Hello! I’m still here, and I’m glad you’re still here too. It’s been a while. It turns out having a tiny human consumed all of my “free time” and Speechasaurus took a big backseat. Okay, maybe it was put into the trunk, or possibly even the storage unit. Either way, I’m back and I’m hoping to share a few quick tips with you on how I survived, and eventually thrived, during my first year as a working mama. I’m not going to pretend that I have it all together, but us mamas (or dads) are all in this together, right?!
1. It’s okay to be sad, or nervous, or happy, or overwhelmed or, however you feel about returning to work. Working with tiny humans helps us remember how hard it can be to handle emotions sometimes, but the first step is always identifying the feeling. Figure out how you feel, and own it. (P.S. I cried, a lot)
2. Write everything down. This helps for a few reasons. The first reason is that sleep deprivation and the cognitive load of motherhood (or fatherhood) is real. The second reason is that sometimes we get caught up thinking about all the stuff that we didn’t get done, that we don’t even realize how much we did accomplish. Crossing things off a list helps with both of these things
3. Set boundaries. We do what we do because we think it’s important and we want to make a difference. However, trying to balance our new life at home and all the demands that are within our job description doesn’t leave a lot of “free time” for helping out with the (insert the last thing that was on your list of “things that seemed like a good idea at the time”). Do a great job at your job, then go home and love on your family. They need you too.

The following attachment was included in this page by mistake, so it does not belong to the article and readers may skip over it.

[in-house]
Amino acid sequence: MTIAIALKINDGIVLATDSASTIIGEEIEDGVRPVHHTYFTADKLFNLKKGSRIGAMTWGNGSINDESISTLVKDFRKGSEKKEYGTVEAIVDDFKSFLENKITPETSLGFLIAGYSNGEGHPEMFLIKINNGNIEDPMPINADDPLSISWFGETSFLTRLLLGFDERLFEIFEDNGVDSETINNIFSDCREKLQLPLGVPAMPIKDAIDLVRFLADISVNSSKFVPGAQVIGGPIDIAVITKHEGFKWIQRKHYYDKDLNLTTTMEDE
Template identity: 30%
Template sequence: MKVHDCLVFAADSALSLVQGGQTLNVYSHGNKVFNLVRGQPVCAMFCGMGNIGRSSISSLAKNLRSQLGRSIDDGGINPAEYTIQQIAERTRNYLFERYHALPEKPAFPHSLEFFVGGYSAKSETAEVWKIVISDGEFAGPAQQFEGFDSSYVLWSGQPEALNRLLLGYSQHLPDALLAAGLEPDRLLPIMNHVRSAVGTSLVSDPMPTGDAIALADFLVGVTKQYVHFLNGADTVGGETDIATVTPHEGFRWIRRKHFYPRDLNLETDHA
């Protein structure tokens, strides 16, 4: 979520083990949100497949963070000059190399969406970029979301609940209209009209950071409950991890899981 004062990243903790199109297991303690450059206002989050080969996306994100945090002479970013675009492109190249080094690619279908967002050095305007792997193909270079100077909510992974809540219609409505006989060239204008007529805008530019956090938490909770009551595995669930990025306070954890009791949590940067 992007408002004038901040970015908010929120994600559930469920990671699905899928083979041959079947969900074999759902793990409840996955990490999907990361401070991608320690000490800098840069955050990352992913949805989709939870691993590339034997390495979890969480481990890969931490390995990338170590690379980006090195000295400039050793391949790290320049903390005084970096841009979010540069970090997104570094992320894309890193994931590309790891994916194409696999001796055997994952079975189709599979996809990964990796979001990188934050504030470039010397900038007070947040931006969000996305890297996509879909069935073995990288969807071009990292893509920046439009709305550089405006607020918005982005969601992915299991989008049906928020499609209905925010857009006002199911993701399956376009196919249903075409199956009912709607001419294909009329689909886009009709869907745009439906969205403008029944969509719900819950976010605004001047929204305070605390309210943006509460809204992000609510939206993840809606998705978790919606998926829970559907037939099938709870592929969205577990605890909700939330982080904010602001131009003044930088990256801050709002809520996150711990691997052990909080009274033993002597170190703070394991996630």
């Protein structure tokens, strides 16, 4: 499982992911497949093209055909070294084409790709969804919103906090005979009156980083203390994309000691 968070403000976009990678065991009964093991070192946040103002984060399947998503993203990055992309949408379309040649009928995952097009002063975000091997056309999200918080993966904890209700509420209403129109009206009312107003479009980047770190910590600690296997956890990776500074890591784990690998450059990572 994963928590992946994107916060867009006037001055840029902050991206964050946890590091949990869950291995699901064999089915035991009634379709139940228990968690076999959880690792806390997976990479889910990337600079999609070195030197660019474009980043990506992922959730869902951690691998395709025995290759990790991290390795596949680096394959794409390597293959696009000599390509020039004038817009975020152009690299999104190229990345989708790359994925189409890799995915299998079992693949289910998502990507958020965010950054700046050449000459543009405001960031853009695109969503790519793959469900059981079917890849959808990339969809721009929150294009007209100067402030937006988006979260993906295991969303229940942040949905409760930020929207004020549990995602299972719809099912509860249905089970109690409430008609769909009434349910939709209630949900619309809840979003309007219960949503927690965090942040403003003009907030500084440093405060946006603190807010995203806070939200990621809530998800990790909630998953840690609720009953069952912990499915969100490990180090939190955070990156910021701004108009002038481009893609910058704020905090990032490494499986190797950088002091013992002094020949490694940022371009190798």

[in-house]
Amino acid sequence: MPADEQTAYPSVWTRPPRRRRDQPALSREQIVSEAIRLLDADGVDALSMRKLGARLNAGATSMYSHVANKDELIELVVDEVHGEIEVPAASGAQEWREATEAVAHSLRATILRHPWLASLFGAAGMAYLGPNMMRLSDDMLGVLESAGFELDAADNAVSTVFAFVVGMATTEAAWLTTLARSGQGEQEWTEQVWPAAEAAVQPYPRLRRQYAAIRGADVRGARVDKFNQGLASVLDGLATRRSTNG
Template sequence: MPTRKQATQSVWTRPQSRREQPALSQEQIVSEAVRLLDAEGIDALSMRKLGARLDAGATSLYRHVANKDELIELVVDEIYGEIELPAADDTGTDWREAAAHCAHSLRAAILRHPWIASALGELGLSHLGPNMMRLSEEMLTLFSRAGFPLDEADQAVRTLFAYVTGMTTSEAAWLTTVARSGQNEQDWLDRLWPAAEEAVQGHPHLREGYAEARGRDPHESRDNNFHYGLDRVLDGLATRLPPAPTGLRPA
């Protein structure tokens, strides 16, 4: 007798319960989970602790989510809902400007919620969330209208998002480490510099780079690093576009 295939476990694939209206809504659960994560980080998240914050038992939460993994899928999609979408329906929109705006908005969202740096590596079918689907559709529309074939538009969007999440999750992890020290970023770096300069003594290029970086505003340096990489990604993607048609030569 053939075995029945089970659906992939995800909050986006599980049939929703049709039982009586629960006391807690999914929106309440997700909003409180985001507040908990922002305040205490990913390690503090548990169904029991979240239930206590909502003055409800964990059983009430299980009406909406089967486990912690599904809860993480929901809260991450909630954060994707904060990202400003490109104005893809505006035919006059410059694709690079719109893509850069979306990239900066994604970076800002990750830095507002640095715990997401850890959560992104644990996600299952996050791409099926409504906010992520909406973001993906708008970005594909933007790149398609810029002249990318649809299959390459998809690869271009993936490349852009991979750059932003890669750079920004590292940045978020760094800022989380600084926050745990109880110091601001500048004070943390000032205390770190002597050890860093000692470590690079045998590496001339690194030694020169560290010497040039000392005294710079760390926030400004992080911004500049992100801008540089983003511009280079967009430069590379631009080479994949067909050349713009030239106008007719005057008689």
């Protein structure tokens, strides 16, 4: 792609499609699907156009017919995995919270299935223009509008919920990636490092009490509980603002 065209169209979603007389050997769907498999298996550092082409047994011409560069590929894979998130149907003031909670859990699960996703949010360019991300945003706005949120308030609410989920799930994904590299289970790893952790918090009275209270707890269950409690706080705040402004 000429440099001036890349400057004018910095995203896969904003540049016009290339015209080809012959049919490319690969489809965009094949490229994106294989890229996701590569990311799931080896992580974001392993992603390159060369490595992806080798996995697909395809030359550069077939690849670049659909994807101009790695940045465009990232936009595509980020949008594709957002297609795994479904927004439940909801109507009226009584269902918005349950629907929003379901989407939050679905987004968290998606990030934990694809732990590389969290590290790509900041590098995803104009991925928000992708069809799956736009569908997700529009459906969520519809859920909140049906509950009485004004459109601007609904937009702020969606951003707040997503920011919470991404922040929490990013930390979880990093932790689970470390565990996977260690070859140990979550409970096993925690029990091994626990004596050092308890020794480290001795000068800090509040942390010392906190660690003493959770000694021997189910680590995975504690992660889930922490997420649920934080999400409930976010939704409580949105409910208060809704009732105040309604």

4. Don’t reinvent the wheel. Yes, cute laminated, seasonal, task-specific activities look great and often work great too. Know what else works great? Books, open ended reinforcers paired with task cards you already have, print and go activities, Ipad Apps, and whatever you did last year. Don’t spend your precious time or brain power fixing something that isn’t broken and beating yourself up about not having a ton of “new” activities. As long as your are meeting your students’ needs, you’re good to go.
5. Set yourself up for success. To all you morning people, I salute you. I’m not a morning person (as I write this blog post while my whole house is sleeping). Lay out your clothes and baby’s clothes the night before. Pack your bag and baby’s bag the night before. Meal plan and meal prep. There is nothing worse than coming home from a long day of work when you just want to be with your family and having the “whats for dinner” discussion only to realize you have “nothing” and wasting precious time when your baby is awake and wanting to be with you running to the grocery store and prepping a meal you will probably end up eating cold.
6. Remember YOU are still in there. Under all of your hats, YOU still have needs. You can’t pour from an empty cup. Read a book, take a bath, go to yoga. Do whatever you need to do for YOU. It makes a difference!
Any of my working mamas have tips to share that help you thrive? Please comment below to share!